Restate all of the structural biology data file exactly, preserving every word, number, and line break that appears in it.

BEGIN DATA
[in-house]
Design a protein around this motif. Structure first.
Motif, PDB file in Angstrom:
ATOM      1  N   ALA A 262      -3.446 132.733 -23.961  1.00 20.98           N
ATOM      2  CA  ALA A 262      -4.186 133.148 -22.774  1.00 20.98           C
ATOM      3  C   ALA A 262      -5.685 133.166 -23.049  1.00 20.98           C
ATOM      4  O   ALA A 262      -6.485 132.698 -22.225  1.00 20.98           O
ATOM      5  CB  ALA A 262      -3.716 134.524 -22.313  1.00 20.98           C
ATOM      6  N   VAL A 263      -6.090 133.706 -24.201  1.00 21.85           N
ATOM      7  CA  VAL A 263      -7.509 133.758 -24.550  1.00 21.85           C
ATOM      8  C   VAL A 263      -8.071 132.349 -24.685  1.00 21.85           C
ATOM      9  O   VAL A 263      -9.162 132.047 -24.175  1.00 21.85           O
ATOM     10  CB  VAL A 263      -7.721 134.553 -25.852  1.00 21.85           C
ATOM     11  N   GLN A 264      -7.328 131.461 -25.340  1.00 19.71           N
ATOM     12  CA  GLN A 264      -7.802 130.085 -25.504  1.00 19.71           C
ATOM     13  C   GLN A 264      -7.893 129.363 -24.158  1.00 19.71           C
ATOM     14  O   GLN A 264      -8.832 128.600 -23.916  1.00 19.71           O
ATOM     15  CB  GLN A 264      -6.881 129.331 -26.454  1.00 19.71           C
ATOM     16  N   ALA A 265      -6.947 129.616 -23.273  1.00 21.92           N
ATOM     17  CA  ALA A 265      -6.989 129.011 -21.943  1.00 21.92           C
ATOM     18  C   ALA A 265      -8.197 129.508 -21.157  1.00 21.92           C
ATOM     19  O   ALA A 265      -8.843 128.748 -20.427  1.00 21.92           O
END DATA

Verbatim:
[in-house]
Design a protein around this motif. Structure first.
Motif, PDB file in Angstrom:
ATOM      1  N   ALA A 262      -3.446 132.733 -23.961  1.00 20.98           N
ATOM      2  CA  ALA A 262      -4.186 133.148 -22.774  1.00 20.98           C
ATOM      3  C   ALA A 262      -5.685 133.166 -23.049  1.00 20.98           C
ATOM      4  O   ALA A 262      -6.485 132.698 -22.225  1.00 20.98           O
ATOM      5  CB  ALA A 262      -3.716 134.524 -22.313  1.00 20.98           C
ATOM      6  N   VAL A 263      -6.090 133.706 -24.201  1.00 21.85           N
ATOM      7  CA  VAL A 263      -7.509 133.758 -24.550  1.00 21.85           C
ATOM      8  C   VAL A 263      -8.071 132.349 -24.685  1.00 21.85           C
ATOM      9  O   VAL A 263      -9.162 132.047 -24.175  1.00 21.85           O
ATOM     10  CB  VAL A 263      -7.721 134.553 -25.852  1.00 21.85           C
ATOM     11  N   GLN A 264      -7.328 131.461 -25.340  1.00 19.71           N
ATOM     12  CA  GLN A 264      -7.802 130.085 -25.504  1.00 19.71           C
ATOM     13  C   GLN A 264      -7.893 129.363 -24.158  1.00 19.71           C
ATOM     14  O   GLN A 264      -8.832 128.600 -23.916  1.00 19.71           O
ATOM     15  CB  GLN A 264      -6.881 129.331 -26.454  1.00 19.71           C
ATOM     16  N   ALA A 265      -6.947 129.616 -23.273  1.00 21.92           N
ATOM     17  CA  ALA A 265      -6.989 129.011 -21.943  1.00 21.92           C
ATOM     18  C   ALA A 265      -8.197 129.508 -21.157  1.00 21.92           C
ATOM     19  O   ALA A 265      -8.843 128.748 -20.427  1.00 21.92           O